Some advocates of drug prohibition claim that it works if it is part of broad-action program that includes many different types of action from information in schools to drug free treatment groups for prisoners. Antonio Maria Costa, executive director of the United Nations Office on Drugs and Crime, has drawn attention to the drug policy of Sweden, arguing:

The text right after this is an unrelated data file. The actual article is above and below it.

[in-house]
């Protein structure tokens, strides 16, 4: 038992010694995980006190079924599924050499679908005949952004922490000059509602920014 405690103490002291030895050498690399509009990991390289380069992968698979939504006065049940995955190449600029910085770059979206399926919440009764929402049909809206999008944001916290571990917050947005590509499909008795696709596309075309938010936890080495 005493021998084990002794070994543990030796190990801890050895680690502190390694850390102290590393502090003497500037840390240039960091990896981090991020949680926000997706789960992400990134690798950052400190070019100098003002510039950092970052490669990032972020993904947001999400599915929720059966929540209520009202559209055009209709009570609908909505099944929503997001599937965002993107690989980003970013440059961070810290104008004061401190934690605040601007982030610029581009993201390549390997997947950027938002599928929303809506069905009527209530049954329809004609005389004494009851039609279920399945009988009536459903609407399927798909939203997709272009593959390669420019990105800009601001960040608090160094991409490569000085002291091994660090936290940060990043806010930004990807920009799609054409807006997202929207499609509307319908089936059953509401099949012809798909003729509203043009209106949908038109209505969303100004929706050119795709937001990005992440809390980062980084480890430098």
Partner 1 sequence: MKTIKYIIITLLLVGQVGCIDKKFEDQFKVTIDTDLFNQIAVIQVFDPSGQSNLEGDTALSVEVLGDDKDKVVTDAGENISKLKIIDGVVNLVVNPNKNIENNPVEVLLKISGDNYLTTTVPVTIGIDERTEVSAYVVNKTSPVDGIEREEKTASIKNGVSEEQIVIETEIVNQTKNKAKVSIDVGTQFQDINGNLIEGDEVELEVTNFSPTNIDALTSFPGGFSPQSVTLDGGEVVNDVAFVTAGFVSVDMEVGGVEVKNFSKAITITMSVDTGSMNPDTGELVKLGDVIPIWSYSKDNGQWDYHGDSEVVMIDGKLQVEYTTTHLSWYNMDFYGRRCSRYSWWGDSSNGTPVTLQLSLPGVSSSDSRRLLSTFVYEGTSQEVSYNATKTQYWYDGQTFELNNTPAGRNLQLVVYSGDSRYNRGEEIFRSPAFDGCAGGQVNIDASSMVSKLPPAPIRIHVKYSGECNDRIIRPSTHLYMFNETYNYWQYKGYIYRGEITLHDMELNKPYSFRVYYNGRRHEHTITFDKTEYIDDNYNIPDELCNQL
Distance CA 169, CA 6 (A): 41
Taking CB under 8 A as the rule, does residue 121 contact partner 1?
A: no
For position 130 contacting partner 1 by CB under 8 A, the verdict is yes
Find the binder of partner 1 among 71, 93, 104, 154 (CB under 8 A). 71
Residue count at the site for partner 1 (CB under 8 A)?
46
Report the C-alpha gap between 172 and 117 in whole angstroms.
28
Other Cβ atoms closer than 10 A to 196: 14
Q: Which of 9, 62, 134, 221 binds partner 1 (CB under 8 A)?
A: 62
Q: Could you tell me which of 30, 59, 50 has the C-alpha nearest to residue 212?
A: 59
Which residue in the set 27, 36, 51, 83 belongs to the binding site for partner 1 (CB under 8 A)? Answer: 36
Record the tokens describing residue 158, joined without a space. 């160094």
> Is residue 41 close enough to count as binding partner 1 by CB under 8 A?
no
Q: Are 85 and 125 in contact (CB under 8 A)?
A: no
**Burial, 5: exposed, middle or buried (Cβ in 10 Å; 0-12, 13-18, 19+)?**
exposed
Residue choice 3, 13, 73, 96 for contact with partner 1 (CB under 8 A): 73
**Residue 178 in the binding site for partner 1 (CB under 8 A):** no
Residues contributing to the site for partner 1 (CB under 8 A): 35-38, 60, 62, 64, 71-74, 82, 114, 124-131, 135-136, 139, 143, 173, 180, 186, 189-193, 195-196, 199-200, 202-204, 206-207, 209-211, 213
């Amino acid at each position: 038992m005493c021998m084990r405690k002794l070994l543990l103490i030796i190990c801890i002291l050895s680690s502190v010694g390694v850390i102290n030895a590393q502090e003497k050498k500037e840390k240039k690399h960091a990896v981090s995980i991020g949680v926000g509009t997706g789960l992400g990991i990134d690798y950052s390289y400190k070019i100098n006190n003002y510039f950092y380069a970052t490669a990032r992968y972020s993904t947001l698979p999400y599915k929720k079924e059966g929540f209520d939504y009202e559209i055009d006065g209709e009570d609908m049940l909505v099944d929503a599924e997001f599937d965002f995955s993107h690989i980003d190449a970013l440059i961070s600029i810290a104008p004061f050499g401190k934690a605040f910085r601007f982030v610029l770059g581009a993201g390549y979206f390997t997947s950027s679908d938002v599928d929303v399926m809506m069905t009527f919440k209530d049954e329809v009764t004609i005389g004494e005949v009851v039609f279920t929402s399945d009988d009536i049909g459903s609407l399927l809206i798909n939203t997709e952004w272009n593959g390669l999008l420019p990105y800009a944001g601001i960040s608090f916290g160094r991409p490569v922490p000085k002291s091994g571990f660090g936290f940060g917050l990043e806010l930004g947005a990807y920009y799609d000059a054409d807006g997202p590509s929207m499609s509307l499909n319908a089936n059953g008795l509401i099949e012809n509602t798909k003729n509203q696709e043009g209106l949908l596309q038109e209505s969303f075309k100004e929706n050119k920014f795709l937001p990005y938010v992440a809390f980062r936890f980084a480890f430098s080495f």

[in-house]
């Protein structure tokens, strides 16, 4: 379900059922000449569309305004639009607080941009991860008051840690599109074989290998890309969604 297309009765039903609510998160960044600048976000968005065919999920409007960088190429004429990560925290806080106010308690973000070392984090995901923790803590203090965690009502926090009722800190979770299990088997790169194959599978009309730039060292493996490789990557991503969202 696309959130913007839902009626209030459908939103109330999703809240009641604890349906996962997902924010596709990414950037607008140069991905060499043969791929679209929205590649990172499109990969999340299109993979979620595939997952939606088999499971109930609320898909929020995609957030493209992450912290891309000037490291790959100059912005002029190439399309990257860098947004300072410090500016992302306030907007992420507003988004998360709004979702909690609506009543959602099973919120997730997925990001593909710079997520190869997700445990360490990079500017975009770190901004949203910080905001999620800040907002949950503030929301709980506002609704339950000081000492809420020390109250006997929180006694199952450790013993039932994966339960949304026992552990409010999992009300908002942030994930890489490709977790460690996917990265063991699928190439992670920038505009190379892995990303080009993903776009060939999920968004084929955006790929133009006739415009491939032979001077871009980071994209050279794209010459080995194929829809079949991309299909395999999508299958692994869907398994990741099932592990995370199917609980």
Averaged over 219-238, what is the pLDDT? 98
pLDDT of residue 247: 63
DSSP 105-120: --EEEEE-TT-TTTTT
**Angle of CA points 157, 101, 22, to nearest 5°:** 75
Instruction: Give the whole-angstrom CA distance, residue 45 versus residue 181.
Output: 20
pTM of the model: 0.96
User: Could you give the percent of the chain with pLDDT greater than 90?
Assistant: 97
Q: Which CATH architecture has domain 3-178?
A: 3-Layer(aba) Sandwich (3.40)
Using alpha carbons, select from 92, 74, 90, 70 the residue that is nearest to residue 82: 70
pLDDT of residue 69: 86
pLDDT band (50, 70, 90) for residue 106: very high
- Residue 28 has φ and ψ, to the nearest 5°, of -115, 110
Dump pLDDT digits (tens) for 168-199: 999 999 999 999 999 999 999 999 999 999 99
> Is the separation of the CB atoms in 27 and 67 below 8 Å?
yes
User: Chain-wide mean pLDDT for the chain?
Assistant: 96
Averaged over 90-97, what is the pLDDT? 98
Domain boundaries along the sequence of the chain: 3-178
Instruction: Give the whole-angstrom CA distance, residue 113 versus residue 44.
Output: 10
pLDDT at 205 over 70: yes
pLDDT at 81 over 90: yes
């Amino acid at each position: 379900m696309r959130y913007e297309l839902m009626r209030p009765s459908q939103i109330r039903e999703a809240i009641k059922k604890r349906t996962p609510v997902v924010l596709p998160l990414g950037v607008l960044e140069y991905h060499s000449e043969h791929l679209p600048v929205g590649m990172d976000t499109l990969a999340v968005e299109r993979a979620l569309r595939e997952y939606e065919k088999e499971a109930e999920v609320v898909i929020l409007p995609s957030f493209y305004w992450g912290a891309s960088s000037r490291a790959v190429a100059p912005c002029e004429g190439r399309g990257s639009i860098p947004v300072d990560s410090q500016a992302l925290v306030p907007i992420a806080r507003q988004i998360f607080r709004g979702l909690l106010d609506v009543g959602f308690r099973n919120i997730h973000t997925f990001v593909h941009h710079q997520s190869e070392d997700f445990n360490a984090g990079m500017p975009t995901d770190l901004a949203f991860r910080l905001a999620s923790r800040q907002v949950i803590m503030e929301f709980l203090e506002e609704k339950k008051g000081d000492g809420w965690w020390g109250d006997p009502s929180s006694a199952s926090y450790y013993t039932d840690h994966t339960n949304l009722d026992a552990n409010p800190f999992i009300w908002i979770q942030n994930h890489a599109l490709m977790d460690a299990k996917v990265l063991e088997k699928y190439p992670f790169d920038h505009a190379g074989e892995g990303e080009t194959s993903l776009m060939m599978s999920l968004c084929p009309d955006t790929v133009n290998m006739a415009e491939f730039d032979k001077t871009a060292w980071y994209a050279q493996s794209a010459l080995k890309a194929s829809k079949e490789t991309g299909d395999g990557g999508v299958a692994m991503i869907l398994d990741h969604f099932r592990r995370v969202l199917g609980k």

Sweden is an excellent example. Drug use is just a third of the European average while spending on drug control is three times the EU average. For three decades,[nb 3] Sweden has had consistent and coherent drug-control policies, regardless of which party is in power. There is a strong emphasis on prevention, drug laws have been progressively tightened, and extensive treatment and rehabilitation opportunities are available to users. The police take drug crime seriously. Governments and societies must keep their nerve and avoid being swayed by misguided notions of tolerance. They must not lose sight of the fact that illicit drugs are dangerous – that is why the world agreed to restrict them. — Antonio Maria Costa, executive director of UNODC (March 2007). “Cannabis… call it anything but “soft””, The Independent (UK).